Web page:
What Are Drug Side Effects?

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When you are prescribed medication to treat arthritis, usually you ask the doctor to explain why you will be taking the drug. You inquire about the expected benefit from taking the medication. But, there may also be unwanted reactions to medications, commonly referred to as drug side effects.

Drug side effects are unintended, adverse effects that can develop with medication use. Drug side effects can range from mild to serious in severity. It's important for you to know the difference and be able to recognize if and when medical attention is required.

Reasons for Drug Side Effects

There are various reasons for drug side effects:

  • An adverse or allergic reaction to a specific medication
  • Interaction with other medications you are taking
  • Taking an incorrect dosage (too much or too little)

Variability of Drug Side Effects

Interestingly, while you may have experienced side effects to a particular drug, another person taking the same drug may not have any side effects. Why the difference? There are several contributing factors — age, general health, gender, the severity of disease, and drug allergies, just to name a few.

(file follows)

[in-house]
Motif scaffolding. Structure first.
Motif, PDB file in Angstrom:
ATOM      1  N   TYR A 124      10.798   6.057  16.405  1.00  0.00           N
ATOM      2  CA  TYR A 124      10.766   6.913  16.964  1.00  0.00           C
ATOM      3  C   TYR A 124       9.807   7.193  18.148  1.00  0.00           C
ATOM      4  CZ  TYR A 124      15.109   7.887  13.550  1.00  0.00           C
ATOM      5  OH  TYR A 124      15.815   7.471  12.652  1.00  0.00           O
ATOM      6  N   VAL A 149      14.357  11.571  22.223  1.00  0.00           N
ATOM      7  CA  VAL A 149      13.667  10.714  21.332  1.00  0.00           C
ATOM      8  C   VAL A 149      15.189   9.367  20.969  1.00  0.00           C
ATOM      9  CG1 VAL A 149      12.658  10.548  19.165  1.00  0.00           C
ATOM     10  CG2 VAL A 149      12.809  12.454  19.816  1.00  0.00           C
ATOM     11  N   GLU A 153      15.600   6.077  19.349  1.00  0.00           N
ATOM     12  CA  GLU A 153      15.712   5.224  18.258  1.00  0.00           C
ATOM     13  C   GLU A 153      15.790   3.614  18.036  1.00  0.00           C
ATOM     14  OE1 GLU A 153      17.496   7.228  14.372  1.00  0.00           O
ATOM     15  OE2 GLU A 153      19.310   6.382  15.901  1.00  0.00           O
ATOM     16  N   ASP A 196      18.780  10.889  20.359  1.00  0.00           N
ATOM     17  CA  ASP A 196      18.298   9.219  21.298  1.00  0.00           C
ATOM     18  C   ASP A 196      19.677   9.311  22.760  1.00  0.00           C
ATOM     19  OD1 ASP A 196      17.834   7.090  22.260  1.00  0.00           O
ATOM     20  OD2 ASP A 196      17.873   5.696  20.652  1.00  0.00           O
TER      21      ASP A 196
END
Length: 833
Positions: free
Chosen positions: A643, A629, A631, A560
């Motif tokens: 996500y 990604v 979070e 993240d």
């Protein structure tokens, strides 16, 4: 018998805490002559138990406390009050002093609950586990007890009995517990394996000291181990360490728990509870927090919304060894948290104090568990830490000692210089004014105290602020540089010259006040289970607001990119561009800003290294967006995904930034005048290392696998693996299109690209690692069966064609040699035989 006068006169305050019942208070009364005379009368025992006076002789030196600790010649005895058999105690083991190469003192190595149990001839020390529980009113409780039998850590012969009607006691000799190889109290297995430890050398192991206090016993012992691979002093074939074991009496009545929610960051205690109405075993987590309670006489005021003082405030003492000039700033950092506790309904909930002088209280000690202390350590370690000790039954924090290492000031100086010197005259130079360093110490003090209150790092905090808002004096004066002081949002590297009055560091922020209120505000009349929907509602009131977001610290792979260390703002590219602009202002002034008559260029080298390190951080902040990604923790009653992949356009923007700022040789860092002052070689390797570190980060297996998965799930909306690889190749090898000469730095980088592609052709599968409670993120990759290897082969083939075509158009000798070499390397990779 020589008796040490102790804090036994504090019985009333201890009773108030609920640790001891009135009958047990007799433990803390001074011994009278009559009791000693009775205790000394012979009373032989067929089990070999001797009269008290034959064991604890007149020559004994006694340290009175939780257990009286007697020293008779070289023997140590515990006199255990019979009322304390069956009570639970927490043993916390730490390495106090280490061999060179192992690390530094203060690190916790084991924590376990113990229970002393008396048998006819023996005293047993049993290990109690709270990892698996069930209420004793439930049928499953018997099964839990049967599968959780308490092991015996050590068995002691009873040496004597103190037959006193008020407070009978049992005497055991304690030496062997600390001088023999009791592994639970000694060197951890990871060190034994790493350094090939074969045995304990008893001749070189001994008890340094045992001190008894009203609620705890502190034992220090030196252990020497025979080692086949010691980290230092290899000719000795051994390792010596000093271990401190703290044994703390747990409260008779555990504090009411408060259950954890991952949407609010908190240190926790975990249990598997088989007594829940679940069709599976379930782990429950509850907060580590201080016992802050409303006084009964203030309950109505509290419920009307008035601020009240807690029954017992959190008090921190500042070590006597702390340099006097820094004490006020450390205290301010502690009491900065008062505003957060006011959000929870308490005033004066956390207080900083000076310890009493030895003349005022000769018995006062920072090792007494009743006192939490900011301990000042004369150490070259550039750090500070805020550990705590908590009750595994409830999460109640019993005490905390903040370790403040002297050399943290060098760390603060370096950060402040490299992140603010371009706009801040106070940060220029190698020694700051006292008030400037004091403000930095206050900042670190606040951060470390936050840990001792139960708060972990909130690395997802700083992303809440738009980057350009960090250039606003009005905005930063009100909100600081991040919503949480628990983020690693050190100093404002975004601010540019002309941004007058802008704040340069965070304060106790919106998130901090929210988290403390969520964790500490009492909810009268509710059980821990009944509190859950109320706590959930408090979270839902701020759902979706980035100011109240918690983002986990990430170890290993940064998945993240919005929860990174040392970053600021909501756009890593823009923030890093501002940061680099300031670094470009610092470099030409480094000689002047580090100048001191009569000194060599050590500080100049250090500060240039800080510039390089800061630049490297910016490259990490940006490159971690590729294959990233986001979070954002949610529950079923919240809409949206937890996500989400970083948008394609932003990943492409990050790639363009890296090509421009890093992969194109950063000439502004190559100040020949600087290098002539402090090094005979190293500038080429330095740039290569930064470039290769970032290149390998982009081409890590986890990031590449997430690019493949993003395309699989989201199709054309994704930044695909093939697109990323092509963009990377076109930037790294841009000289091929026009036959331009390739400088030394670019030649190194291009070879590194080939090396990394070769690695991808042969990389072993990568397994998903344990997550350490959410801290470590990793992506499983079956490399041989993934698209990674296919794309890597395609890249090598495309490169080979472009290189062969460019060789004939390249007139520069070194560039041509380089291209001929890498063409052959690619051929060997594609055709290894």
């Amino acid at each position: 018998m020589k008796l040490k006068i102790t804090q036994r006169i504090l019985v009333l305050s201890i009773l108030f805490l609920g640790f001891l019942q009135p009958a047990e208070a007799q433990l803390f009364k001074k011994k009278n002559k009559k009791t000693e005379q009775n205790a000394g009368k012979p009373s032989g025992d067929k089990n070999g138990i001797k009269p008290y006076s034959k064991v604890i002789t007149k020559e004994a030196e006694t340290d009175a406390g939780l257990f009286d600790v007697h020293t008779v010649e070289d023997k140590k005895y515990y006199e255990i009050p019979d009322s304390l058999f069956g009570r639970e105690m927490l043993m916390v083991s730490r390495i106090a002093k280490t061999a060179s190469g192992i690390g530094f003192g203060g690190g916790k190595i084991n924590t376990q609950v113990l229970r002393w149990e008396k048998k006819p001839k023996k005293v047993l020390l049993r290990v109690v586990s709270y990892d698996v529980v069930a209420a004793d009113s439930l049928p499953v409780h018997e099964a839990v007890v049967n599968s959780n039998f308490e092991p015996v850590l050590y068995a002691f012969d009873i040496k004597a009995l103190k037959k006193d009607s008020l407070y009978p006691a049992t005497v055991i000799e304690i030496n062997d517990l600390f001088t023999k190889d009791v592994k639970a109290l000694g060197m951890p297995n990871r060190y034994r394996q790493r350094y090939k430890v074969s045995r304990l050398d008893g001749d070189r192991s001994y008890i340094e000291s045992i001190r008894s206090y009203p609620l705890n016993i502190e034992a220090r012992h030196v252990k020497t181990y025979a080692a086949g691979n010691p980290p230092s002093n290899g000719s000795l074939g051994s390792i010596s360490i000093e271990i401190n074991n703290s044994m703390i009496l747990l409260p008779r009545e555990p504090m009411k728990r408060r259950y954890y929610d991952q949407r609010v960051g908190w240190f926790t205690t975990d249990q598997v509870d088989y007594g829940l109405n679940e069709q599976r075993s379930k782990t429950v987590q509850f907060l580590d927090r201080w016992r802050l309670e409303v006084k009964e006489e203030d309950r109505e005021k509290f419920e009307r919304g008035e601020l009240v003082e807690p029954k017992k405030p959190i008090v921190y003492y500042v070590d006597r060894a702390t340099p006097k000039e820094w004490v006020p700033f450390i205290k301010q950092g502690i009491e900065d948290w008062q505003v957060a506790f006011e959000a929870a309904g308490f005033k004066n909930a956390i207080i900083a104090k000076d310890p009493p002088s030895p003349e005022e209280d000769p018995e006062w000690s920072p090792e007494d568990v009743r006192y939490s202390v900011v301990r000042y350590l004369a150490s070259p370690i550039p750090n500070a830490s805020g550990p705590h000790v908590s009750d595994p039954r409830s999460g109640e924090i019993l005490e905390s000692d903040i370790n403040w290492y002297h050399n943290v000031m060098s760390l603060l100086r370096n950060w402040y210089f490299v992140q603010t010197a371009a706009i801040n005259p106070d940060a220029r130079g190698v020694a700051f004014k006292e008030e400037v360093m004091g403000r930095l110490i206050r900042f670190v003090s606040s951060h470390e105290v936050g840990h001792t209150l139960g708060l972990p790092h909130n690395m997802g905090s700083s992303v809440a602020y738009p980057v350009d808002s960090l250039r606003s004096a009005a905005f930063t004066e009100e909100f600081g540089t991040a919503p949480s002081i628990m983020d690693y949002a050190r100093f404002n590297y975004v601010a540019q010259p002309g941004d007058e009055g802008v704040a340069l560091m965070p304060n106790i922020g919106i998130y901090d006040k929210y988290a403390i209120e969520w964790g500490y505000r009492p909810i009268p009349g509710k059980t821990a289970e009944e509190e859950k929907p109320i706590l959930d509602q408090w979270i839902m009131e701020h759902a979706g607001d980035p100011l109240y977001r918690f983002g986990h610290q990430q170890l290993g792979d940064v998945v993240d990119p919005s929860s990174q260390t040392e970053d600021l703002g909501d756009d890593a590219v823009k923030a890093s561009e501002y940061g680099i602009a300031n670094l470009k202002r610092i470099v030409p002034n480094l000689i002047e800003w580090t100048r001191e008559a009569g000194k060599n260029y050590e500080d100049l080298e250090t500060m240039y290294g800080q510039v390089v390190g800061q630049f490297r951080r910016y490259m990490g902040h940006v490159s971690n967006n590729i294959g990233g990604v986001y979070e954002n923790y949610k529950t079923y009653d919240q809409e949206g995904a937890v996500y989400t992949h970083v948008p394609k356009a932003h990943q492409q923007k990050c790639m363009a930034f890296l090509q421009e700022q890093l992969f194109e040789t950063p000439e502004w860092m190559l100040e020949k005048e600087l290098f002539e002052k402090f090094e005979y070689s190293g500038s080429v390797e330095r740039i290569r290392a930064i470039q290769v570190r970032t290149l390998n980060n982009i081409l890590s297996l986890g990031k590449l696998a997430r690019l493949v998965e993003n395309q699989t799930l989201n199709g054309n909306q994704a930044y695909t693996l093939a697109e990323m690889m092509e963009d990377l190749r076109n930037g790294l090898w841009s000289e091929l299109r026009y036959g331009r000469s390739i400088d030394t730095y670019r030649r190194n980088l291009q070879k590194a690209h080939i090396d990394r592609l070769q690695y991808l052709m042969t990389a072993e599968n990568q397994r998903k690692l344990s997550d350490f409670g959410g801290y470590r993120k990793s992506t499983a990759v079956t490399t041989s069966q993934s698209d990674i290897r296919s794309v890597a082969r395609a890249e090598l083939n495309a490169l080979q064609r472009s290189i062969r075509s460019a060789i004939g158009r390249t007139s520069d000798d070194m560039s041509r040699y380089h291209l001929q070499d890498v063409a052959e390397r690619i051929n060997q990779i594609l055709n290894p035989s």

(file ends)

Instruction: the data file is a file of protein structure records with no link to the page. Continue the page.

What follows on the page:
It's imperative for your doctor to be aware of all medications and supplements that you take, as well as your known drug allergies. For example, people who have known sulfa allergies should not be prescribed Celebrex (celecoxib), since it is a sulfa-based drug. There are numerous examples like that, but if your doctor and pharmacist have a list of your drug allergies on file, they should be alerted to any potential problems.

What You Should Do

First and foremost, review every new prescription with the prescribing doctor. Have your doctor explain what they prescribed, why they chose the dosage, how long before you should see a benefit, what are possible side effects, and which side effects require immediate medical attention.

Review the prescription again with the pharmacist when you get it filled. You will receive a package insert or printout of medication information with each prescription that you fill at the pharmacy — read it. Don't disregard it, read it.

What You Need to Remember

Information and awareness will go a long way to keep you safe while using prescription medications. Fear of the medications will not be helpful. Plan a course of action ahead of time with your doctor.

If the side effect you experience seems serious, seek medical attention. If the reaction is mild or moderate, contact your doctor and ask for advice. Some side effects subside over time. In other cases, a simple dose adjustment is enough to take care of the problem. It's generally the best course of action for all medications anyway — to take the lowest effective dose to reduce the risk of unwanted side effects. Your doctor will guide you. While it is necessary to deal with serious matters immediately, keep a level head about the rest. It often takes trial and error to find the optimal medication at the best dose that will achieve the desired response without side effects — or at least with minimal, manageable side effects.

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